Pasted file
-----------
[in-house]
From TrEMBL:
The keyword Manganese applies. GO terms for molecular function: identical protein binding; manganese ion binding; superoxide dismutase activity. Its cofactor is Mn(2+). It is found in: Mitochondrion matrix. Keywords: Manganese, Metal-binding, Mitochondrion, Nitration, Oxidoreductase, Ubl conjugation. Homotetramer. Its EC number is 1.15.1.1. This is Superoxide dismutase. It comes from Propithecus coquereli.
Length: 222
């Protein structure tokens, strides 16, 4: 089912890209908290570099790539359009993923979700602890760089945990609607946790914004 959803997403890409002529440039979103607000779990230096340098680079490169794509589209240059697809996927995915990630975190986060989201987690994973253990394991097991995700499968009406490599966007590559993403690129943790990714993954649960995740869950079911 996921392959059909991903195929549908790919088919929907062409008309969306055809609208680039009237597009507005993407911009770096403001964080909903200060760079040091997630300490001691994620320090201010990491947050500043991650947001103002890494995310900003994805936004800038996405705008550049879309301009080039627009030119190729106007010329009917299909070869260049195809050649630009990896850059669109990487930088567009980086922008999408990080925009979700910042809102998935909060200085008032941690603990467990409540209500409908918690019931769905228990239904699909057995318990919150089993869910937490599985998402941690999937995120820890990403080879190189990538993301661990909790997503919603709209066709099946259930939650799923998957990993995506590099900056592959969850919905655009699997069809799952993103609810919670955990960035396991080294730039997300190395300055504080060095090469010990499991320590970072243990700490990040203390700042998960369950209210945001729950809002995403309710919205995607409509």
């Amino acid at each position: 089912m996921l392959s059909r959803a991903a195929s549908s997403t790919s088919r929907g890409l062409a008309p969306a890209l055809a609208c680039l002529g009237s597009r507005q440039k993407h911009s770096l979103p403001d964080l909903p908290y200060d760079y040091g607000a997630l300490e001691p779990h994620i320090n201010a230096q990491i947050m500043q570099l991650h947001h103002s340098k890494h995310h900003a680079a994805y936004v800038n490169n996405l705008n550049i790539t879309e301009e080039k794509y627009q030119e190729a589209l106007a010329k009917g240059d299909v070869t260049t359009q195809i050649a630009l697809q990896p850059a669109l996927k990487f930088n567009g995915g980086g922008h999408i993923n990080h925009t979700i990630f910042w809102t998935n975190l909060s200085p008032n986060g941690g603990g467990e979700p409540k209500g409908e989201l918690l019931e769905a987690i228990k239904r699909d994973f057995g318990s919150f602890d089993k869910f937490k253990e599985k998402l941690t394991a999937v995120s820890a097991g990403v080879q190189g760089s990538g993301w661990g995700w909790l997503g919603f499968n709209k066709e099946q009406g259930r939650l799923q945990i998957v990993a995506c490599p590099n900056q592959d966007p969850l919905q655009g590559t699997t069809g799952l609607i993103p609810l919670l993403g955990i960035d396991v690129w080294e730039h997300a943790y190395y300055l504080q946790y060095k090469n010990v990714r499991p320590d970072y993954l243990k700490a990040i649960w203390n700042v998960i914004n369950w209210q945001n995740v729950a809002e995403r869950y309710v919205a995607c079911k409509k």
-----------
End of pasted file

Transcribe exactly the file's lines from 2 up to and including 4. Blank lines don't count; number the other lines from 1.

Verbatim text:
From TrEMBL:
The keyword Manganese applies. GO terms for molecular function: identical protein binding; manganese ion binding; superoxide dismutase activity. Its cofactor is Mn(2+). It is found in: Mitochondrion matrix. Keywords: Manganese, Metal-binding, Mitochondrion, Nitration, Oxidoreductase, Ubl conjugation. Homotetramer. Its EC number is 1.15.1.1. This is Superoxide dismutase. It comes from Propithecus coquereli.
Length: 222